Elise spun about and absorbed the design of the structure. It was roughly the same size and shape — the window on the far wall of the room in which she had met Chase Michael DeBarlo also sat in roughly the same spot, gazing out upon the backyard of the property, and the floorboards were eerily reminiscent of those that she had just witnessed buckling. The door behind her which had just blown open stood there still ajar, although far less weathered.

Elise wrested free from Chase’s grip. “What the hell is going on and where are we?”

Chase smirked. “From the look on your face I think you’ve already worked that out, but don’t want to admit it.”

“Admit what?”

“Look around and tell me.”

Elise opened her mouth to speak, but a scratchy male voice called out from beyond the door, “You there! Stop dawdling about and come into the parlor!”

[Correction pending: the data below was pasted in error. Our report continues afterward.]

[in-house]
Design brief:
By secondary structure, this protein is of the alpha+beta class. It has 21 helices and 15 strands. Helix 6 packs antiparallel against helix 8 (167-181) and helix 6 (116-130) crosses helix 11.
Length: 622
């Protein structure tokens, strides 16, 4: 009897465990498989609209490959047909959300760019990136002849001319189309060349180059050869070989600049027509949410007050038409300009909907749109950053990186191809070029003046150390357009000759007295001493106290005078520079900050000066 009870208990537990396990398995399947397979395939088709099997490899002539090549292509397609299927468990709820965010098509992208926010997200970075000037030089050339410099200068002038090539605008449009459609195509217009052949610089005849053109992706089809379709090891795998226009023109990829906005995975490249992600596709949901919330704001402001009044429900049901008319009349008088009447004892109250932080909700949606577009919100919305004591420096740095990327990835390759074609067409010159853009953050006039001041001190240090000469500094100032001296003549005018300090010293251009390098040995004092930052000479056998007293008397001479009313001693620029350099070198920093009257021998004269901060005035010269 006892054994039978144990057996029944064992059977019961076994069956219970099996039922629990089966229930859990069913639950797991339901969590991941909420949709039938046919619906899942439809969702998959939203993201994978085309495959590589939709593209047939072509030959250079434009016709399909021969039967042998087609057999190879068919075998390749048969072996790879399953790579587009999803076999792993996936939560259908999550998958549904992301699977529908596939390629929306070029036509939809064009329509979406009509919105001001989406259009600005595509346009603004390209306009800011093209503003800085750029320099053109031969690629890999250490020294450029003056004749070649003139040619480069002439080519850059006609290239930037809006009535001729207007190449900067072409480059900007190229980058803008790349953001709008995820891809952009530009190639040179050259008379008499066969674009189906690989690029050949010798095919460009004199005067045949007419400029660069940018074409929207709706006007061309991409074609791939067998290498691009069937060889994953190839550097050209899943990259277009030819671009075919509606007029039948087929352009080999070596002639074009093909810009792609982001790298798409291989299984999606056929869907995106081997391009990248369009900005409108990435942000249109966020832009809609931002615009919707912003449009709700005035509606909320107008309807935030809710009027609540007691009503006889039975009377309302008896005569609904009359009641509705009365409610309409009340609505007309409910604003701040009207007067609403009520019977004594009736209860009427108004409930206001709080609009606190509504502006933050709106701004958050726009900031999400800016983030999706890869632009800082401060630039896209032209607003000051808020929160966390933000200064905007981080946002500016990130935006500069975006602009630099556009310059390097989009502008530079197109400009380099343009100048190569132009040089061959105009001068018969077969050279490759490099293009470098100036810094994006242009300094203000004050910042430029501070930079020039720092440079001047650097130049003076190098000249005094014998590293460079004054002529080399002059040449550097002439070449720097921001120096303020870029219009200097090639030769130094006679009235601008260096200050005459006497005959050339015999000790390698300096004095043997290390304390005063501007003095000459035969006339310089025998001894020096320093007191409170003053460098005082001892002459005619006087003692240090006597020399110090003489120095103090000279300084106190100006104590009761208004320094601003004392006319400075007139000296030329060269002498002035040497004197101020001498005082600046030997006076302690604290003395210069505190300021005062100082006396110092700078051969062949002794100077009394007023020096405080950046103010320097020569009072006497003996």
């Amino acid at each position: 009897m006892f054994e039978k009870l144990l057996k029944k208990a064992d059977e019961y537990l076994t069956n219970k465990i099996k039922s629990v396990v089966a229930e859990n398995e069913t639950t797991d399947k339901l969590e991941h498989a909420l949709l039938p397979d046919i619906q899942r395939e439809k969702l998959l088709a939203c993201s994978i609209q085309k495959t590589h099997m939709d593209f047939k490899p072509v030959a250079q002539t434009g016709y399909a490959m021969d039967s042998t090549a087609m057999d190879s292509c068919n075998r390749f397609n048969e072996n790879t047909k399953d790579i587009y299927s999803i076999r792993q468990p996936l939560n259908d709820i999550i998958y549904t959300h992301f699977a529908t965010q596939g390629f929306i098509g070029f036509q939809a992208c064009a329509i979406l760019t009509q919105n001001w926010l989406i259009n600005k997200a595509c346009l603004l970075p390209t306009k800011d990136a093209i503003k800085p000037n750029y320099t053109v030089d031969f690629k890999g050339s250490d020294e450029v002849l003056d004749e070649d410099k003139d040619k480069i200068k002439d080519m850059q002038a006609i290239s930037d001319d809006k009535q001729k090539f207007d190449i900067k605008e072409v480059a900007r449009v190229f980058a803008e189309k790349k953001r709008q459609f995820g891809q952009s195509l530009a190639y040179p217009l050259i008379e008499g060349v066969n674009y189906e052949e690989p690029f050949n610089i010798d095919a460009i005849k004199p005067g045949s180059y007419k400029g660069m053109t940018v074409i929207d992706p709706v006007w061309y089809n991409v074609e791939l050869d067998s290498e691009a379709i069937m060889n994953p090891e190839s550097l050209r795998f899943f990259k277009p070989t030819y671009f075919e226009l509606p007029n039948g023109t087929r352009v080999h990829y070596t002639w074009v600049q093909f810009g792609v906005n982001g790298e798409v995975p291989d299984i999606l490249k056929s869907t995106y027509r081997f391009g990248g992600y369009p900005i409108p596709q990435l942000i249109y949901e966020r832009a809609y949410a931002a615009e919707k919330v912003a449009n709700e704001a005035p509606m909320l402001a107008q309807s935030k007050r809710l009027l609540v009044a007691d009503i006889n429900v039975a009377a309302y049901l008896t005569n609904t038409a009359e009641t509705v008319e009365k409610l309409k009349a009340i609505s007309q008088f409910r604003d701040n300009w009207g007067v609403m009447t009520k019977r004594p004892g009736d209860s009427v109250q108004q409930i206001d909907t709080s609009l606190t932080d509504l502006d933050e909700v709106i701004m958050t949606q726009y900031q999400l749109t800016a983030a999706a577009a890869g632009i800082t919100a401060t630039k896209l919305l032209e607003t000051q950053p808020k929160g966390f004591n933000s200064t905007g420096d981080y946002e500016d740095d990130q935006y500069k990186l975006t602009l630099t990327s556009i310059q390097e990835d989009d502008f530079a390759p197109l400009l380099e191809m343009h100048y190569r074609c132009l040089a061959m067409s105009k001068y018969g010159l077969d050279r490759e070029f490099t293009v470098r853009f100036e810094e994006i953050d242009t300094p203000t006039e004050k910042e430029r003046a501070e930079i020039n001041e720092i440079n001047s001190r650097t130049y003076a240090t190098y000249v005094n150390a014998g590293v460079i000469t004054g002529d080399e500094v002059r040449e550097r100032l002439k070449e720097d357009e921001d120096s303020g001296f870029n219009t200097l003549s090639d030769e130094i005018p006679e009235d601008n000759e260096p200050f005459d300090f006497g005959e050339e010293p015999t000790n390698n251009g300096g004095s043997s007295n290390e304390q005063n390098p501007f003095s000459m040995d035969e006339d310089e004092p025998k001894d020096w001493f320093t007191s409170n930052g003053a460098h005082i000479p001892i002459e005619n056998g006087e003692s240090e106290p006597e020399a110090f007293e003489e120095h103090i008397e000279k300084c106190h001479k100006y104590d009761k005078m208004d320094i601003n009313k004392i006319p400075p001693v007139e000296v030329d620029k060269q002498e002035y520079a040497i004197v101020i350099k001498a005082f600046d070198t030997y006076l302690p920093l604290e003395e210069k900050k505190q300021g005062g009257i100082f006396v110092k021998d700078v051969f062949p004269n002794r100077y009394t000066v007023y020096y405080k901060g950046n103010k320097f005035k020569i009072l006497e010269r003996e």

“Who was that?”

“Do you want to ask questions all day or do you want some answers?” Chase gestured toward the door. “Let’s venture in so you can meet Cornelius Bones.”

Elise passed through the doorway first, followed by Chase whose eyes scanned their surroundings. The parlor seemed to be a cozier version of the den; bookshelves stood against the far wall to their left and small tables were scattered about stacked with either books or papers. Moth-eaten drapery fell down over two windows that otherwise stared out upon the front yard of the house, and blackened paintings of long lost country sides adorned the walls. Seated in one of two worn brown armchairs before a lit hearth was a short, plump elderly gentleman in a tattered blue waistcoast bulging at the midriff, frayed black trousers, and black leather boots, cracked and fading. His wispy white hair fell down nearly to his shoulders and he donned a pair of wire-rimmed spectacles. On the floor near his feet were the dark brown red remnants of a bloodied handprint.